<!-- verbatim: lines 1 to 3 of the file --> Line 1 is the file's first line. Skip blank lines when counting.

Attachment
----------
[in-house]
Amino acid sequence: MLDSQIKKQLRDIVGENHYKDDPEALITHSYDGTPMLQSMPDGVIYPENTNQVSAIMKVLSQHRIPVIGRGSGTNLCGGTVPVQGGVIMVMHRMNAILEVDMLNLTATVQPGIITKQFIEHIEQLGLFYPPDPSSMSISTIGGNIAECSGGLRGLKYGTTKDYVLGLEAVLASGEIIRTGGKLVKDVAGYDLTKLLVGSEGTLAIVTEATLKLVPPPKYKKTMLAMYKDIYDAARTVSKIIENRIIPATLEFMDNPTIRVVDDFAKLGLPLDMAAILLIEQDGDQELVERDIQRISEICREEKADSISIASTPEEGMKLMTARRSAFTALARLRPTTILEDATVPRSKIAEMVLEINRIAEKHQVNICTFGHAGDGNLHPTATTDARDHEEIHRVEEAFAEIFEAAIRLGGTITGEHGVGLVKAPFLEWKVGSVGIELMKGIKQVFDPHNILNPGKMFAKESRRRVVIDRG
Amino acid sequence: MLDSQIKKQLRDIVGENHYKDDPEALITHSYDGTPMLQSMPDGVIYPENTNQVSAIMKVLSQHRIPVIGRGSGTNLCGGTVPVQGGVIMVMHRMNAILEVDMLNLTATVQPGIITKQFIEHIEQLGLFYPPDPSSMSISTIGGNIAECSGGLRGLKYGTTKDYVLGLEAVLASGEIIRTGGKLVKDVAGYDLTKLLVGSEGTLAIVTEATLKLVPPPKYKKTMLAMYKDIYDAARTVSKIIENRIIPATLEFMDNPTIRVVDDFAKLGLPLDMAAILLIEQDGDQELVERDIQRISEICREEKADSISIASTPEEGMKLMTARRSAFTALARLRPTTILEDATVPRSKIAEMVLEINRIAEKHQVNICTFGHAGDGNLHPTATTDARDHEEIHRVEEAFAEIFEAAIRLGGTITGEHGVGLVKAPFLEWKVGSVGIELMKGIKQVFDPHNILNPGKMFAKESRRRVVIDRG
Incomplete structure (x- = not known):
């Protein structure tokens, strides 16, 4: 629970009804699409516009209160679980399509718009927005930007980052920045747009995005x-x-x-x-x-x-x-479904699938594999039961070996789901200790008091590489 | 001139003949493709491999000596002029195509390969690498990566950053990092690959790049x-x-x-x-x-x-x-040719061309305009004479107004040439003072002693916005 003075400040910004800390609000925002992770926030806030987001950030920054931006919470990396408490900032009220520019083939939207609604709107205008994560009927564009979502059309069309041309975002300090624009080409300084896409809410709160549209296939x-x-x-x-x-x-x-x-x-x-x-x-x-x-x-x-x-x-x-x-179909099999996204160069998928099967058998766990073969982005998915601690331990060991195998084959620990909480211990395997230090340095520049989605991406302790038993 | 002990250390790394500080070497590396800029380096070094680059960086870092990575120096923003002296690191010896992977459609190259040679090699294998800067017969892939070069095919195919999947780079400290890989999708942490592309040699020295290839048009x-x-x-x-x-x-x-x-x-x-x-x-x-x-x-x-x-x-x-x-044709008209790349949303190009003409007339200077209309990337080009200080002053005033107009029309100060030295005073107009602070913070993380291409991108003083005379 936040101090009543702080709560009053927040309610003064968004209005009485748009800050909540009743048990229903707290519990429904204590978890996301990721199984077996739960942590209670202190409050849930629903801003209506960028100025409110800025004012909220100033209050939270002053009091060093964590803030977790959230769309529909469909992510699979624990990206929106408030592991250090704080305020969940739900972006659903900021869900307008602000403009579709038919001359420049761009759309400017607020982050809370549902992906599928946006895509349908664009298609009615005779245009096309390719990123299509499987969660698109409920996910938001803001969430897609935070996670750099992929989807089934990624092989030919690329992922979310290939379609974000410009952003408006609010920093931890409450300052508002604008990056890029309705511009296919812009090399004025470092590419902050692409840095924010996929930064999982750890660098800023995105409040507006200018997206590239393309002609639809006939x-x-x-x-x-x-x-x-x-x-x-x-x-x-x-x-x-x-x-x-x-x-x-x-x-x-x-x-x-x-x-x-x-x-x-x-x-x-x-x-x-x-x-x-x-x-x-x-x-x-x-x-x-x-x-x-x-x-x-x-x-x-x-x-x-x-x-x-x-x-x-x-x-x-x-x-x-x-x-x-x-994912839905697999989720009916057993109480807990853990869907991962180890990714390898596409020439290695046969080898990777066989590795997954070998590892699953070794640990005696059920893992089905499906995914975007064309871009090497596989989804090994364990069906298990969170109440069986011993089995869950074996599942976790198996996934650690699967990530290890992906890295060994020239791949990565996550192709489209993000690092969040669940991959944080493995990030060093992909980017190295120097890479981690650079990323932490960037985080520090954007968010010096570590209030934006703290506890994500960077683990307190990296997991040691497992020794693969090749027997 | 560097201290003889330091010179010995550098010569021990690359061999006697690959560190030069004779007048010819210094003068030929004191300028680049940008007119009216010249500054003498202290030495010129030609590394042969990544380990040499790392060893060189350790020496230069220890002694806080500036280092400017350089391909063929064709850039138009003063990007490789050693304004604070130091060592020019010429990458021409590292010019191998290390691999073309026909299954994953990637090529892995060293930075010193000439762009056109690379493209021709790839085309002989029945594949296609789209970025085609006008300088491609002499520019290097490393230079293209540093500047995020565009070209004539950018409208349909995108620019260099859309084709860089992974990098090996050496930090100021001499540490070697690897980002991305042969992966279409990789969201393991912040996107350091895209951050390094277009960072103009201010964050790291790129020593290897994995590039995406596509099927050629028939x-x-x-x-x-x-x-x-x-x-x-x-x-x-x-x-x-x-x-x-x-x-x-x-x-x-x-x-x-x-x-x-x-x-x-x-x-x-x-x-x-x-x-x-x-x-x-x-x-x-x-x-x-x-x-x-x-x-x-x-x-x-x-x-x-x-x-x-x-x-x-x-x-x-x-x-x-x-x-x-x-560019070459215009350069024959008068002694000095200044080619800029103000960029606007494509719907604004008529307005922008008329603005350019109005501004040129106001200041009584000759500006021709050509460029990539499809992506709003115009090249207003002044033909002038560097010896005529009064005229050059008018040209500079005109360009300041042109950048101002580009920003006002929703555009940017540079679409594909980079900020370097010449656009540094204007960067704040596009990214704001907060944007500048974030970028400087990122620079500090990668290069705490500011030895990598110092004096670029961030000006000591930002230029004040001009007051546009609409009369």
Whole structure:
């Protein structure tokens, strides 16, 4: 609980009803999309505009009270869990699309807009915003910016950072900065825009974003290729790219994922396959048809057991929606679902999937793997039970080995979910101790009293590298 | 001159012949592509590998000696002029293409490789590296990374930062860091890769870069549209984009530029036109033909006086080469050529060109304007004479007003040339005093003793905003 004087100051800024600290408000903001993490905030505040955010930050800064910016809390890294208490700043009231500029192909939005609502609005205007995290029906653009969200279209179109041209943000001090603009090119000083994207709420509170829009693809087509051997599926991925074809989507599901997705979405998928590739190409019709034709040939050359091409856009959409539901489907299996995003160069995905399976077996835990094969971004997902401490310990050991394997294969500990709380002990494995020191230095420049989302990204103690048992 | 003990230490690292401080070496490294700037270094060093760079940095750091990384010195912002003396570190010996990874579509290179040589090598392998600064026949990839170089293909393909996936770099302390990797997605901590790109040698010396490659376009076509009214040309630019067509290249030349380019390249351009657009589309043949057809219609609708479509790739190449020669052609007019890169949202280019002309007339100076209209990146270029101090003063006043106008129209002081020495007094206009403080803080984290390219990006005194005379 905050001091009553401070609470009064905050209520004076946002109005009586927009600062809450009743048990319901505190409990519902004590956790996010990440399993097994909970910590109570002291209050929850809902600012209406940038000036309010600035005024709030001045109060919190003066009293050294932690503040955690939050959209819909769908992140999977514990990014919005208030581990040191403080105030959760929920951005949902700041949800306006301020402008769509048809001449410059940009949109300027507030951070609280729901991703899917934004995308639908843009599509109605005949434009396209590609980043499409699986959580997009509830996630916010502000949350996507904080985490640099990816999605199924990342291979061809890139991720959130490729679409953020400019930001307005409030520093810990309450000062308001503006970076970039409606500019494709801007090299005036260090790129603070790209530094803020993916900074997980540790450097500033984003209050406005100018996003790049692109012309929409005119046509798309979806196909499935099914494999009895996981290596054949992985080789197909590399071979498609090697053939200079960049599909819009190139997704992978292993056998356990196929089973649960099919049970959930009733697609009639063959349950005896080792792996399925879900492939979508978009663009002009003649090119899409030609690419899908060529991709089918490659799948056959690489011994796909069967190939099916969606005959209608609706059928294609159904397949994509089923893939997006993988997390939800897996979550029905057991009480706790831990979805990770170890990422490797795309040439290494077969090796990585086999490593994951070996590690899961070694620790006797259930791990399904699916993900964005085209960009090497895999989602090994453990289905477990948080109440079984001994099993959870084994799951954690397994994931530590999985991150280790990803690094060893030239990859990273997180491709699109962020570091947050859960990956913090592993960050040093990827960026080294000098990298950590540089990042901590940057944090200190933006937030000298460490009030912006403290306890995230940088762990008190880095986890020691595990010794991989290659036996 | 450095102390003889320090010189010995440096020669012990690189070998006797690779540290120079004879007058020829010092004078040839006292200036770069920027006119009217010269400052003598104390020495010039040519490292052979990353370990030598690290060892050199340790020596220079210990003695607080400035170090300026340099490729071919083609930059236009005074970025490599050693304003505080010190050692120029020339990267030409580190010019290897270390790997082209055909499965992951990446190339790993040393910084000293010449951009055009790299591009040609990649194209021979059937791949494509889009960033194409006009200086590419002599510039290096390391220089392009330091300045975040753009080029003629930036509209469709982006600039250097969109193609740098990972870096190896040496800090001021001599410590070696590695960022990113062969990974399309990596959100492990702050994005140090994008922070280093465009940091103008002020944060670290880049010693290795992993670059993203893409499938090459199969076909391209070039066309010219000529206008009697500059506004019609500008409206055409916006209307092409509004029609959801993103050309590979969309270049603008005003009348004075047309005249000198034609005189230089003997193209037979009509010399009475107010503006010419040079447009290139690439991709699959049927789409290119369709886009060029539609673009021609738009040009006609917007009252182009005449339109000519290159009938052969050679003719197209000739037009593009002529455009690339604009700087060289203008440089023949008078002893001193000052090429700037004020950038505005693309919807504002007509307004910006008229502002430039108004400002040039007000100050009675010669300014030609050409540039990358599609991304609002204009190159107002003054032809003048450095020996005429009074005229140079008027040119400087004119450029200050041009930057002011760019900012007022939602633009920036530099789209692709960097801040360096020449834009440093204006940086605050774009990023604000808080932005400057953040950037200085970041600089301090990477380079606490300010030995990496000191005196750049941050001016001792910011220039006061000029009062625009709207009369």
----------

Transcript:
[in-house]
Amino acid sequence: MLDSQIKKQLRDIVGENHYKDDPEALITHSYDGTPMLQSMPDGVIYPENTNQVSAIMKVLSQHRIPVIGRGSGTNLCGGTVPVQGGVIMVMHRMNAILEVDMLNLTATVQPGIITKQFIEHIEQLGLFYPPDPSSMSISTIGGNIAECSGGLRGLKYGTTKDYVLGLEAVLASGEIIRTGGKLVKDVAGYDLTKLLVGSEGTLAIVTEATLKLVPPPKYKKTMLAMYKDIYDAARTVSKIIENRIIPATLEFMDNPTIRVVDDFAKLGLPLDMAAILLIEQDGDQELVERDIQRISEICREEKADSISIASTPEEGMKLMTARRSAFTALARLRPTTILEDATVPRSKIAEMVLEINRIAEKHQVNICTFGHAGDGNLHPTATTDARDHEEIHRVEEAFAEIFEAAIRLGGTITGEHGVGLVKAPFLEWKVGSVGIELMKGIKQVFDPHNILNPGKMFAKESRRRVVIDRG
Amino acid sequence: MLDSQIKKQLRDIVGENHYKDDPEALITHSYDGTPMLQSMPDGVIYPENTNQVSAIMKVLSQHRIPVIGRGSGTNLCGGTVPVQGGVIMVMHRMNAILEVDMLNLTATVQPGIITKQFIEHIEQLGLFYPPDPSSMSISTIGGNIAECSGGLRGLKYGTTKDYVLGLEAVLASGEIIRTGGKLVKDVAGYDLTKLLVGSEGTLAIVTEATLKLVPPPKYKKTMLAMYKDIYDAARTVSKIIENRIIPATLEFMDNPTIRVVDDFAKLGLPLDMAAILLIEQDGDQELVERDIQRISEICREEKADSISIASTPEEGMKLMTARRSAFTALARLRPTTILEDATVPRSKIAEMVLEINRIAEKHQVNICTFGHAGDGNLHPTATTDARDHEEIHRVEEAFAEIFEAAIRLGGTITGEHGVGLVKAPFLEWKVGSVGIELMKGIKQVFDPHNILNPGKMFAKESRRRVVIDRG